Watch CBS News

U.S. Attorney Patrick Fitzgerald To Step Down

Updated 05/23/12 - 9:44 p.m.

CHICAGO (CBS) -- U.S. Attorney Patrick Fitzgerald announced Wednesday that he will be stepping down at the end of next month.

Fitzgerald will step down on June 30 after almost 11 years in office. He took over on Sept. 1, 2001, making him the longest-serving U.S. Attorney for the Northern District of Illinois.

Fitzgerald's nomination by then-U.S. Sen. Peter Fitzgerald was considered a full frontal assault on corruption in Chicago.

Patrick Fitzgerald became a national celebrity for going after political corruption in Illinois. Most notably, he led the prosecutions of both Gov. George Ryan and Gov. Rod Blagojevich, who are both serving time in prison.

Though many observers thought former Mayor Richard M. Daley was Fitzgerald's ultimate target, Daley was never charged with any wrongdoing, and has since retired from office.

"I know Pat Fitzgerald, he doesn't have a bullseye on my back," Daley said while he was still mayor.

Fitzgerald's focus was not limited to politicians; the huge Operation Family Secrets case bagged well-known mob figures for murders that had gone unsolved for decades.

He also led the prosecutions of media mogul Conrad Black, and former police Cmdr. Jon Burge – who was convicted of lying about torturing suspects.

Fitzgerald also helped lead Project Safe Neighborhoods, an effort along with Chicago Police and the U.S. Bureau of Alcohol, Tobacco, Firearms and explosives and the Cook County State's Attorney's office to reduce gun violence.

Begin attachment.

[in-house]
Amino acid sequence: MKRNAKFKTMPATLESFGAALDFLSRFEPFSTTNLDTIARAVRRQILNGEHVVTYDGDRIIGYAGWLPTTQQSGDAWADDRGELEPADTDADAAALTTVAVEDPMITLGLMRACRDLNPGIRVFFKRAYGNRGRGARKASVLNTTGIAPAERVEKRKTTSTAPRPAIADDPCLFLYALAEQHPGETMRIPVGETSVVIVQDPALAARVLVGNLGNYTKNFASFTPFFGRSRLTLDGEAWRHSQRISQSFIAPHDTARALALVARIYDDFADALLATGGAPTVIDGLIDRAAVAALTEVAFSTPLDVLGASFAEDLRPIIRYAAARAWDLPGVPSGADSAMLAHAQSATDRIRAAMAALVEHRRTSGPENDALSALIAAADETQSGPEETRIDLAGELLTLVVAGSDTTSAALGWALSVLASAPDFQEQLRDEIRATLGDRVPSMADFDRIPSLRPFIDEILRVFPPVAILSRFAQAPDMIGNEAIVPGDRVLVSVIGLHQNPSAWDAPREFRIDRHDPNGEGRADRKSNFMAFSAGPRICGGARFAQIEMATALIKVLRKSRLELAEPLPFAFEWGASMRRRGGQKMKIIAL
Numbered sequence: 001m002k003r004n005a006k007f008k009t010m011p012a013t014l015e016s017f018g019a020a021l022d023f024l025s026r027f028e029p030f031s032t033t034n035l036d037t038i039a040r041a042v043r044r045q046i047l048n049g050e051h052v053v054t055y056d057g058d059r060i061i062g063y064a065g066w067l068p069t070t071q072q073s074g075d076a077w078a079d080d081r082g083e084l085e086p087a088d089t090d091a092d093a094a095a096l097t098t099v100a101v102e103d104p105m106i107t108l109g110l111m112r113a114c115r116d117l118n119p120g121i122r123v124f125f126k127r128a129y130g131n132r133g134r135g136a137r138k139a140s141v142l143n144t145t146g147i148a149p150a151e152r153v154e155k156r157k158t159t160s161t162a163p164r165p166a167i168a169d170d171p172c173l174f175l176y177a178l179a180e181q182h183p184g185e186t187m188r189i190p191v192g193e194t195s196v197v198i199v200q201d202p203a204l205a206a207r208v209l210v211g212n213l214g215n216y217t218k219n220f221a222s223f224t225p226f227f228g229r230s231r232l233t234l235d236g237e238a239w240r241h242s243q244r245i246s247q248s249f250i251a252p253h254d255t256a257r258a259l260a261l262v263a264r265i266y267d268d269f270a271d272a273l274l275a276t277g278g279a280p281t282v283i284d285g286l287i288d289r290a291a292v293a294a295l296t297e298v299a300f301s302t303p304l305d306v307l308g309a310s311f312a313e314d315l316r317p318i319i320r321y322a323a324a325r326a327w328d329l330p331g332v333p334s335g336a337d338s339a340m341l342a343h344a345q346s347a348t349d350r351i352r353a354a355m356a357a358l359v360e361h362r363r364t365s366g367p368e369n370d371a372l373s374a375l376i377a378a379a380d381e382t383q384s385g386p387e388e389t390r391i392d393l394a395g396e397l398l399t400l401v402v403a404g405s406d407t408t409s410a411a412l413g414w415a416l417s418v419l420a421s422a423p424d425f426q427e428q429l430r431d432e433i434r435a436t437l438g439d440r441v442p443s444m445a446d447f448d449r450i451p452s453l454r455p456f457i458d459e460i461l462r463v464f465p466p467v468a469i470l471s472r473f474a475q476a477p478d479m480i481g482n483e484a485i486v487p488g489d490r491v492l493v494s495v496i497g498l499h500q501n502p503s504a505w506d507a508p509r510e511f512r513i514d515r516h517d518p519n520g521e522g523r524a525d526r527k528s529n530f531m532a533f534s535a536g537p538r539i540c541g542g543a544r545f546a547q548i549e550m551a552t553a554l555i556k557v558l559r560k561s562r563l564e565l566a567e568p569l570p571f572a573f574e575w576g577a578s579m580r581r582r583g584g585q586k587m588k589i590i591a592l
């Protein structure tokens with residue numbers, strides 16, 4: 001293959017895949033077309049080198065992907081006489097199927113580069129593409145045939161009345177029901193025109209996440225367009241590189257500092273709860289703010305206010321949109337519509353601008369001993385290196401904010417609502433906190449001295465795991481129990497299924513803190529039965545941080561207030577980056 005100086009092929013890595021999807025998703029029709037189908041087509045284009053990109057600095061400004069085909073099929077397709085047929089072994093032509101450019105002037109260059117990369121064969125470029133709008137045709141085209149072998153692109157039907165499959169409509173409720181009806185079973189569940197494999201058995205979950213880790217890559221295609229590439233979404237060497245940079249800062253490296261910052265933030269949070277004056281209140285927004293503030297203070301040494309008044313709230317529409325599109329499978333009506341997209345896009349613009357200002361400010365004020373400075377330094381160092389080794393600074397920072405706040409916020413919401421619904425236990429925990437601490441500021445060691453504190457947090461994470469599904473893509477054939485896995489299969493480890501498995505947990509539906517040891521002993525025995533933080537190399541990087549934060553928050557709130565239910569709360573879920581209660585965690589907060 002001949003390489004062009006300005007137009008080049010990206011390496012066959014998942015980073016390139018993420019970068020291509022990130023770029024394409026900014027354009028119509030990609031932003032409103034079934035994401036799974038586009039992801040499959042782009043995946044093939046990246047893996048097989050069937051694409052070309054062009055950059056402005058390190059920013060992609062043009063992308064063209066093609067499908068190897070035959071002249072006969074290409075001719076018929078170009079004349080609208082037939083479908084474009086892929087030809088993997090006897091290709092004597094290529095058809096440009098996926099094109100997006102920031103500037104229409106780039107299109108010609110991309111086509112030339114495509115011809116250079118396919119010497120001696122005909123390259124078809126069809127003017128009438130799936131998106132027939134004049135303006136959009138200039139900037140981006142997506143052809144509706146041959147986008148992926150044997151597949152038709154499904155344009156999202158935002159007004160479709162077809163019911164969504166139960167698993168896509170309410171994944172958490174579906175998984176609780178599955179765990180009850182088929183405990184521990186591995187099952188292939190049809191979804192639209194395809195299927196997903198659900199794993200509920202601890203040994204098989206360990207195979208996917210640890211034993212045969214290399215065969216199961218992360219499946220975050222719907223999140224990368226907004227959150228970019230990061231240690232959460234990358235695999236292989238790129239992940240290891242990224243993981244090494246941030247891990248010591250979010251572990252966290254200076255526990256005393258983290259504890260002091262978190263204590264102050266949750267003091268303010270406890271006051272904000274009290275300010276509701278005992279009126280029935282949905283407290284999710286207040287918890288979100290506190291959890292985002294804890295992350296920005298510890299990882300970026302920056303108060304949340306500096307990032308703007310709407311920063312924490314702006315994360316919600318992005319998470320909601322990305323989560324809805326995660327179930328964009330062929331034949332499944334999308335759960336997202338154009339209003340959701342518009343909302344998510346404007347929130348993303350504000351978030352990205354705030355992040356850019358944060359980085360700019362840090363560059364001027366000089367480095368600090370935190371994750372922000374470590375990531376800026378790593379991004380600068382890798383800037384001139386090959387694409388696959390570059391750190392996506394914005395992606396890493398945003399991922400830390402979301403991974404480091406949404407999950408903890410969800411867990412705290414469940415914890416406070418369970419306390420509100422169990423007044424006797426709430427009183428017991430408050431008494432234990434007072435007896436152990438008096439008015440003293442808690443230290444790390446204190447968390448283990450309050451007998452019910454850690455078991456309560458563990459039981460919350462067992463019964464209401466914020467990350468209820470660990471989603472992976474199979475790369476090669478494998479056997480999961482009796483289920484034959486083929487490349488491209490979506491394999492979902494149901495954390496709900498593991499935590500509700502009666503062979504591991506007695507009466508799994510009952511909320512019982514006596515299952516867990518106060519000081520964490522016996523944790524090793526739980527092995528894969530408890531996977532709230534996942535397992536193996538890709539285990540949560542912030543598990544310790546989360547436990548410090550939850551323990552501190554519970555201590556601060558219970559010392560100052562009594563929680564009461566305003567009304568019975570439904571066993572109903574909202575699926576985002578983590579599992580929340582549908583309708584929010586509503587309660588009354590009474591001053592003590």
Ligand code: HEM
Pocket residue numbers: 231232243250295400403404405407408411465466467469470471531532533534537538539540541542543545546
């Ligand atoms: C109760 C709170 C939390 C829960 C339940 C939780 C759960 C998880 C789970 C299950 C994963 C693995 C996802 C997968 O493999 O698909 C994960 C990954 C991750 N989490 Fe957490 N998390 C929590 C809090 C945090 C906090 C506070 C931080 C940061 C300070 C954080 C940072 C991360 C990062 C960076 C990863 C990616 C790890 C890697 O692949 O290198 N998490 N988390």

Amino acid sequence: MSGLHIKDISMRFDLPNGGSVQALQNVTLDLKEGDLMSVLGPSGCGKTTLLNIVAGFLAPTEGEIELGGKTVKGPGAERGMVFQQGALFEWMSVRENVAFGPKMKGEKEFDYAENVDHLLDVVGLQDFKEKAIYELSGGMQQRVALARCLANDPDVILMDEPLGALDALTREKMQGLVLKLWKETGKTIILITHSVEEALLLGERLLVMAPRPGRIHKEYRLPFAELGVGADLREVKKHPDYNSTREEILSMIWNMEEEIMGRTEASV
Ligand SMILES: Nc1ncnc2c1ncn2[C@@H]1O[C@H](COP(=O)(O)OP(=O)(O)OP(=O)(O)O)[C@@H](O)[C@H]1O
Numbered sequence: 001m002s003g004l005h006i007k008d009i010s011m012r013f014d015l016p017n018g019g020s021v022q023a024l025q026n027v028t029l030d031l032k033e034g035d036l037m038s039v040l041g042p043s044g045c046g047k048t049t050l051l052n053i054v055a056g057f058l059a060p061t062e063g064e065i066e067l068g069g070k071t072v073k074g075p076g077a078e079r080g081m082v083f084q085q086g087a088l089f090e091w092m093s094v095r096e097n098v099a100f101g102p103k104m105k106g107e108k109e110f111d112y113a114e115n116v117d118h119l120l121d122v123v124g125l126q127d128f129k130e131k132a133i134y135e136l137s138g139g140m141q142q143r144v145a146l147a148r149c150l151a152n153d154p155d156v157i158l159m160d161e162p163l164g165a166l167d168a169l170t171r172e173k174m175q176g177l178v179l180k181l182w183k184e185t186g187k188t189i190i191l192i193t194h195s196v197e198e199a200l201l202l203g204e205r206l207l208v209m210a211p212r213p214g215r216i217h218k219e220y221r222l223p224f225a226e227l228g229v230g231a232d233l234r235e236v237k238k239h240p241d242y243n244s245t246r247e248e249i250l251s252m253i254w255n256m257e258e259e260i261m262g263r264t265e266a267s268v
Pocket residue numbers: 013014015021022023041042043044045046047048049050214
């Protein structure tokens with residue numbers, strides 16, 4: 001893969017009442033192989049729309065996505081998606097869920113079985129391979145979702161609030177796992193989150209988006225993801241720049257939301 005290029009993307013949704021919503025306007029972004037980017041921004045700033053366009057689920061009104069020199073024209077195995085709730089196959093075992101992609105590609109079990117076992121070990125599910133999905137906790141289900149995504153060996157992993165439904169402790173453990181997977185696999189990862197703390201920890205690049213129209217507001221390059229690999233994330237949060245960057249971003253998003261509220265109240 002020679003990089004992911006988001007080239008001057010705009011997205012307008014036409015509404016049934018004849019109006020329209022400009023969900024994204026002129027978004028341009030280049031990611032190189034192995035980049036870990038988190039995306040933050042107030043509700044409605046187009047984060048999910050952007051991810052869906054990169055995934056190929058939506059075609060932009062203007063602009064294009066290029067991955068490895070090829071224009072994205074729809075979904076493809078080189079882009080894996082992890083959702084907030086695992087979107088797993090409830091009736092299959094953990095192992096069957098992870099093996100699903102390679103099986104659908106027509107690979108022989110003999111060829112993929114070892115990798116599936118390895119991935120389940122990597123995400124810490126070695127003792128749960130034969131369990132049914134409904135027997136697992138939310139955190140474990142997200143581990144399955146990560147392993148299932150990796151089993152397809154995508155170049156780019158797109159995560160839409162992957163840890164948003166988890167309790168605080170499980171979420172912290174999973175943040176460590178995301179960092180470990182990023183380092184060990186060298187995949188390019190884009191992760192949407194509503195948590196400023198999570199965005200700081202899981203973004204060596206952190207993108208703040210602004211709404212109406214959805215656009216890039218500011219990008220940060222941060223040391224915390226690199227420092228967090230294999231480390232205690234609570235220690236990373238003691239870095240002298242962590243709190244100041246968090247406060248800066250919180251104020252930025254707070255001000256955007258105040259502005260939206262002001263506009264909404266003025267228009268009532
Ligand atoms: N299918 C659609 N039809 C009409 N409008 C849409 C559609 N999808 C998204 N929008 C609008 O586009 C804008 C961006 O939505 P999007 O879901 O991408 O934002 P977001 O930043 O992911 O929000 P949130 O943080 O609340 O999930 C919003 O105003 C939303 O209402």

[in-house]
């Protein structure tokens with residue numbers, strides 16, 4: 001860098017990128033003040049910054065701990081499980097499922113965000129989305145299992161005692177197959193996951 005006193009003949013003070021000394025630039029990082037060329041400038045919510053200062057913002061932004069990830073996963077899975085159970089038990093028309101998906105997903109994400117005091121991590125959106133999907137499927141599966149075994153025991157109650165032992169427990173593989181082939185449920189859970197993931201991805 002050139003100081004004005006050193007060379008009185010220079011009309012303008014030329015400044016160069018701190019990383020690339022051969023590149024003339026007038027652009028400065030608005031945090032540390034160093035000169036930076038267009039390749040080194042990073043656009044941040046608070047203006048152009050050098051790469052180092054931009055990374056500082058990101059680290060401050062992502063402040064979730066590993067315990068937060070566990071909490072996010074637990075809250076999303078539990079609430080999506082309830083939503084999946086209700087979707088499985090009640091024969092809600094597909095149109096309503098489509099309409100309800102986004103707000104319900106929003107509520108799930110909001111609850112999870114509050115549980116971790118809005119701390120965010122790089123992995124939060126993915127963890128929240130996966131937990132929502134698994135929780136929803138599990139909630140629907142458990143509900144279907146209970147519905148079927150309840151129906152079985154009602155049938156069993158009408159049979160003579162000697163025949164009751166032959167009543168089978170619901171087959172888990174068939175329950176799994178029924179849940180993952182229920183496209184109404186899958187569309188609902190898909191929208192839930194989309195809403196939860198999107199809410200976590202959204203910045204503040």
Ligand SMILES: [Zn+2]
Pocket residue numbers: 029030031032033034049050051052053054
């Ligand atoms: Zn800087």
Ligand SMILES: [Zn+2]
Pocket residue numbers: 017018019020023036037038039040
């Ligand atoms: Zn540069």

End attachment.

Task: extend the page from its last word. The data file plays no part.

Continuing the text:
As a special prosecutor, he also led the probe of the outing of CIA Officer Valerie Plame, which resulted in the conviction of Bush administration official Lewis Scooter Libby in 2007.

The Brooklyn, N.Y., native previously served in the U.S. Attorney's office in Manhattan, where he participated I the prosecution of Osama bin Laden for the 1998 bombings of U.S. embassies in Kenya and Tanzania, and of the suspects convicted of setting off a bomb at the World Trade Center in 1993.

Former federal prosecutor Patrick Cotter – who worked with Fitzgerald in New York, and has defended clients indicted under Fitzgerald in Chicago – said he's stunned by the news.

"I'm surprised. I think most lawyers in town will be surprised by this, because we felt he was in his dream job," Cotter said. "I never thought he would leave. I always thought he had the best job. In his view, he had the best job in the world. He seemed to be very happy at it. He was very good at it."